THE country may be in the midst of a recession with job losses and budget cuts, while both Sheffield teams languish in the third tier of English football, but you’ve got to laugh.
That’s the defiant message from Grin Up North, the Sheffield comedy festival, which returns for its seventh year, running throughout the month of October.
“This year has been hard,” agrees Toby Foster. “Sale of tickets has been slower, although Sarah Millican has sold out, Reginald D Hunter and Dave Gorman have nearly done so. There’s also been a rush for tickets for The Boy with the Tape on His Face. But it’s a fact that people are spending less.
“You have to change and we’re doing stuff we haven’t before. And we’ve added the Greystones as a venue. This is what we are all about - a little room where we put on things that might not sell. Anyone can sell tickets for Sarah Millican. We are having to work hard.”
Nevertheless it helps to have some marquee names and Lee Evans and Alan Carr’s appearances at the Motorpoint Arena coincide with the festival. It’s the “I probably gave Alan one of his first gigs and you knew he was funny right from the off and would be playing in much bigger places before long and now he’s playing arenas. He probably thought he should be even then.”
He’s an example of the comedians who remain loyal to Grin Up North. New Zealand-born, now resident in Sweden, Al Pitcher pledged two years ago that he would do his award winning Picture Show - in which he builds his act around photos taken during the day around town - at every subsequent Grin Up North festival and so far has kept his word. “He could be doing the Memorial Hall but he likes the Lescar so he’s doing two nights there instead,” says Foster.
At the same time there are first Grin Up North appearances for some other big names such as Dave Gorman, Mark Steel, Tommy Tiernan and Freddie Starr.
Freddie Starr! What’s the notorious hamster eater doing in there? “The City Hall contacted us to say that Freddie Starr wanted to be in the festival and my reaction was ‘no, that’s not what we do’,” admits Foster. “To be honest I didn’t remember him and didn’t know much about him but I didn’t think he was offensive - he’s not Bernard Manning. So I thought we are supposed to be an inclusive festival and if he makes the people of Sheffield laugh, well why not? And tickets are selling all right.
“I do sometimes think there are areas of comedy we are missing out, like club comics and things on the mainstream circuit. You look at the posters and they’re all of alternative comedians and we are in danger of being a bit one-dimensional.
“I wish there were more women but there aren’t that many out there.” As well as Sarah Millican, the distaff side is represented by Tanyalee Davis, Sally-Anne Hayward, Shappi KhorsandiIsy Suttie, Zoe Lyons and Lady Garden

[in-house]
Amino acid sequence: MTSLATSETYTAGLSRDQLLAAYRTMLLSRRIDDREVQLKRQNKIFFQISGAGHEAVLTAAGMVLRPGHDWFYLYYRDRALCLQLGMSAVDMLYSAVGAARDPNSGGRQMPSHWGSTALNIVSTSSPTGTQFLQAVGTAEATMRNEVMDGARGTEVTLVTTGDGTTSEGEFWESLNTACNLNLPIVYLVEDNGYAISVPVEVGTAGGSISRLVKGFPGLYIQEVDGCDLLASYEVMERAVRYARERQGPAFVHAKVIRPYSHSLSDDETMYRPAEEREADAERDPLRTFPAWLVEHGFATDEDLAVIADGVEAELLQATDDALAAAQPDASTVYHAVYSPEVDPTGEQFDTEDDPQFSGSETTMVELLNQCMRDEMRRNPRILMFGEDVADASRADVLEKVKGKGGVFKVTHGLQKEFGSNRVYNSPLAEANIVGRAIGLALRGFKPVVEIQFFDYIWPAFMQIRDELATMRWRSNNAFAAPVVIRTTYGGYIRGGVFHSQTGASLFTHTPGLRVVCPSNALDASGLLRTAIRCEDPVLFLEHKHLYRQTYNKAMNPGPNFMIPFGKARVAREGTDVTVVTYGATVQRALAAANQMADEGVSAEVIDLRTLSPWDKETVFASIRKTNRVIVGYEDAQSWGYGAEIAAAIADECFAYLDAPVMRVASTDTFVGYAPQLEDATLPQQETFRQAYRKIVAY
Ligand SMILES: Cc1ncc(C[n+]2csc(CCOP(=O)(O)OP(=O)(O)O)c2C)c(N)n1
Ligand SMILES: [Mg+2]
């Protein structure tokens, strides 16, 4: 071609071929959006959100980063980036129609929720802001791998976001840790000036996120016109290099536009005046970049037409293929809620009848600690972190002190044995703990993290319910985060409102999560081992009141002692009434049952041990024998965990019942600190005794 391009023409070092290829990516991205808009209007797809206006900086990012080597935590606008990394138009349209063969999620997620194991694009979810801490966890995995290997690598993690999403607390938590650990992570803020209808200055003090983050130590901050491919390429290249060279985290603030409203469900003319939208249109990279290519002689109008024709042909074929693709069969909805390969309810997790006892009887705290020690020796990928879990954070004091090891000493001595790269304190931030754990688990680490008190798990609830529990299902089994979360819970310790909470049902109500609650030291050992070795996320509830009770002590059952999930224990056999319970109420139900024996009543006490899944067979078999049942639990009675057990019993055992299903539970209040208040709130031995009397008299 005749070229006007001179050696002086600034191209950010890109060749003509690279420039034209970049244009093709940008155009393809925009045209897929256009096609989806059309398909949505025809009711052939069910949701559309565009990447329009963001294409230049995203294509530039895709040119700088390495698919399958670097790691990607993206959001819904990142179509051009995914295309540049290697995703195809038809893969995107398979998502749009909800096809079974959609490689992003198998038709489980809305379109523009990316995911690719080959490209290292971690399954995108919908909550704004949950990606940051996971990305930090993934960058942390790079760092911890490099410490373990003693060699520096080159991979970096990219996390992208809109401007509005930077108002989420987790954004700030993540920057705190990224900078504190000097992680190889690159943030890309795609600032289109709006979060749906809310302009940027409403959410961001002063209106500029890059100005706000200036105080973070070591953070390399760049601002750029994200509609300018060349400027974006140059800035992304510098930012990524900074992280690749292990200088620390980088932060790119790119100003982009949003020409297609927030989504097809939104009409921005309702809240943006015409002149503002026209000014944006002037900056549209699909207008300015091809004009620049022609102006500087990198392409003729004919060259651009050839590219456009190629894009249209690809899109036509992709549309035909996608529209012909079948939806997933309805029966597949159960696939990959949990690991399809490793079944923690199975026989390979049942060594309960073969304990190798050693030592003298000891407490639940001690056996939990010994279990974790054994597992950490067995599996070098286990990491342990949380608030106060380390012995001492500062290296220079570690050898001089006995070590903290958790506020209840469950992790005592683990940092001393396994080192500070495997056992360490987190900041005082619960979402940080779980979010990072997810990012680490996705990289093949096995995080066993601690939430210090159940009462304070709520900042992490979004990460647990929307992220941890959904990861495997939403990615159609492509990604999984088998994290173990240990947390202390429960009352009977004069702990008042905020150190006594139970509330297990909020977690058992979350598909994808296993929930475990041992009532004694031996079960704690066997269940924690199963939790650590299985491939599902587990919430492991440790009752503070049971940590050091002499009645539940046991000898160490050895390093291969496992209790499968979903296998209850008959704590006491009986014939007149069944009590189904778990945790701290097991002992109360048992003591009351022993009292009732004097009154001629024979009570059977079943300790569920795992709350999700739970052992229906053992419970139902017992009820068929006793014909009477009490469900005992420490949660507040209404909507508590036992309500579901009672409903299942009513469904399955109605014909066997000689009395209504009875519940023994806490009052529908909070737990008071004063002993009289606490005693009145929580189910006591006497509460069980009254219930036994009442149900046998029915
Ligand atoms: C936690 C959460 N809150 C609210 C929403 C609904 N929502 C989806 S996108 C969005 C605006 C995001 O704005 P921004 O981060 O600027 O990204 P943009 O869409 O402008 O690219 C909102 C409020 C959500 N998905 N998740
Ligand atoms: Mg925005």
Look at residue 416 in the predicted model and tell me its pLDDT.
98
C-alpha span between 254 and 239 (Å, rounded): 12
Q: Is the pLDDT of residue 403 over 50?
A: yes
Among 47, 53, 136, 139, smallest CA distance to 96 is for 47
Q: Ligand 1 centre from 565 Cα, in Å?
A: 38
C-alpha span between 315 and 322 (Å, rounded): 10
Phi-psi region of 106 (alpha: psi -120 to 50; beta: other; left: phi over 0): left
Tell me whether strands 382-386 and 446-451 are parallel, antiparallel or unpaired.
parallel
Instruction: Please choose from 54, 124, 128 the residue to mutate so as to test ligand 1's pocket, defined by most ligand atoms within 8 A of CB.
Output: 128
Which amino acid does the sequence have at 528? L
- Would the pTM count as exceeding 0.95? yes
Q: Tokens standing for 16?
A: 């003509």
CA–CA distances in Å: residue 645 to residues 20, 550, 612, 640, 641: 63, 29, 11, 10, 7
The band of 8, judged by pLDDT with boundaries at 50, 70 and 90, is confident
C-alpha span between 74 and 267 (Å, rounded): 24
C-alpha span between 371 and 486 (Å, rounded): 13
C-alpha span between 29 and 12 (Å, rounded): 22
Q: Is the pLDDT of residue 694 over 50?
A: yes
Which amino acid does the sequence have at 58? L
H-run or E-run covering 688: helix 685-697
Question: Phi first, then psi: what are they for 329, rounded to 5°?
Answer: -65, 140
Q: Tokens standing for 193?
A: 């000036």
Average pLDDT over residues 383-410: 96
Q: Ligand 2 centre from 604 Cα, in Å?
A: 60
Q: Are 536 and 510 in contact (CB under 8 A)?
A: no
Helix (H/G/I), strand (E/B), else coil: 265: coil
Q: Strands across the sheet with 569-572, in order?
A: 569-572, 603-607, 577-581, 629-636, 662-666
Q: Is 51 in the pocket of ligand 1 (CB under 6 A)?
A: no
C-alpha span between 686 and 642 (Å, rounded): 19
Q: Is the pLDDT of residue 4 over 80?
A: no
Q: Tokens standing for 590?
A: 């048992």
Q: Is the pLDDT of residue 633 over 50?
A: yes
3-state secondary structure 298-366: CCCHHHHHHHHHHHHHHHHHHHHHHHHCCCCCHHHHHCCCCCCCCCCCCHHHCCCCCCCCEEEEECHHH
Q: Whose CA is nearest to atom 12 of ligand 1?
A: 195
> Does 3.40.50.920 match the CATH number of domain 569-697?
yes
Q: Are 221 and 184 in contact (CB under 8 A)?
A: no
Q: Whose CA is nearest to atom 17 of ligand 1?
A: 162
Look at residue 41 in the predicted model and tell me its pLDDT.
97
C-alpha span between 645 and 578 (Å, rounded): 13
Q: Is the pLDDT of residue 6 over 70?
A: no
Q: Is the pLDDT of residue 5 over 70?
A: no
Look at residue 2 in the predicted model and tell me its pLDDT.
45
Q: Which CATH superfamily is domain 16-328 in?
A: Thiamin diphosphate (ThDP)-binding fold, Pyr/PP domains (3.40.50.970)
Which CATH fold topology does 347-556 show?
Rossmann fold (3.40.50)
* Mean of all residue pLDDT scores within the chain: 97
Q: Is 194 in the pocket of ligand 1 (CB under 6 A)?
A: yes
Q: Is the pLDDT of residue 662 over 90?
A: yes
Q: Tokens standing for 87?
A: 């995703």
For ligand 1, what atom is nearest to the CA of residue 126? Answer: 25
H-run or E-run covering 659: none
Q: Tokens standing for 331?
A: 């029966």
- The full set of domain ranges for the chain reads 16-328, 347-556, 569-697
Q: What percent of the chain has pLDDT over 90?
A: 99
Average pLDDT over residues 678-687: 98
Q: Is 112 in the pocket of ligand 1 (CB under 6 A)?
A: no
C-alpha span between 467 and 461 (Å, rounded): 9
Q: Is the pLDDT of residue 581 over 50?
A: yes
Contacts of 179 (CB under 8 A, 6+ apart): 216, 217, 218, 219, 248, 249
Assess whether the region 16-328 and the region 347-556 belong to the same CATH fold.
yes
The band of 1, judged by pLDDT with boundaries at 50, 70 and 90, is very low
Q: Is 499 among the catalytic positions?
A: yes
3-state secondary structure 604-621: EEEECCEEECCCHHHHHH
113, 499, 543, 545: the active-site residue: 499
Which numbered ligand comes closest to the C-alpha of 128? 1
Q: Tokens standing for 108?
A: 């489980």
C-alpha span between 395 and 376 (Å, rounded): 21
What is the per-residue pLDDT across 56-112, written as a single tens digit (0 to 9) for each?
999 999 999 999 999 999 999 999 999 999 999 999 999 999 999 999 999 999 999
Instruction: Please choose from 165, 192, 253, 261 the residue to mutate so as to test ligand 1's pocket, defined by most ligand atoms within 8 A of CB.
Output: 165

In fact there’s an evening devoted to the gendered nature of humour. In an event staged by the University of Sheffield, academics Cathy Shrank and Karen Harvey will give a talk, Women, Wine and Wit: 1500-1800, exploring whether as society become more “refined” it was possible for women to be witty.
Other events in the programme departing from the stand-up are contemporary dancers New Art Club’s Big Bag of Boom, actor Damian Williams performing at the Lyceum (where he’s best known as a panto dame) a one-man play about a stand-up comic, My Dog’s Got No Nose, and silent show The Boy with Tape on His Face,
And, of course, ukelele band The Everly Pregnant Brothers, of which Foster himself is a member, who have sold out the Lyceum Theatre. “It all started as an excuse to go to the pub but now we’ve sold 1,000 tickets on one night. It puts a bit of pressure on us,” he says.
Talking of pressure, there have been suggestions that Grin Up North will lose its council funding, putting in doubt next year’s event. “Nothing has been decided but we all know that the funding situation is getting more and more difficult,” admits Scott Barton, marketing and sponsorship director.
“We have always run on a limited budget and know we need to be creative and find different partnerships to make things happen. The city council is coming under even more pressure to save even the relatively modest amounts they are giving to people like us and in the changing world Grin Up North will carry on somehow.”
His partner is even more defiant. “The festival will be back next year whatever happens. Michael McIntyre is on at the Arena and I’ve already booked four acts,” says Foster. “If the city wasn’t bothered about us we wouldn’t be bothered about the city, but that’s not the case. We don’t want to let the city down.”
Grin Up North Sheffield Comedy Festival runs from October 1-31.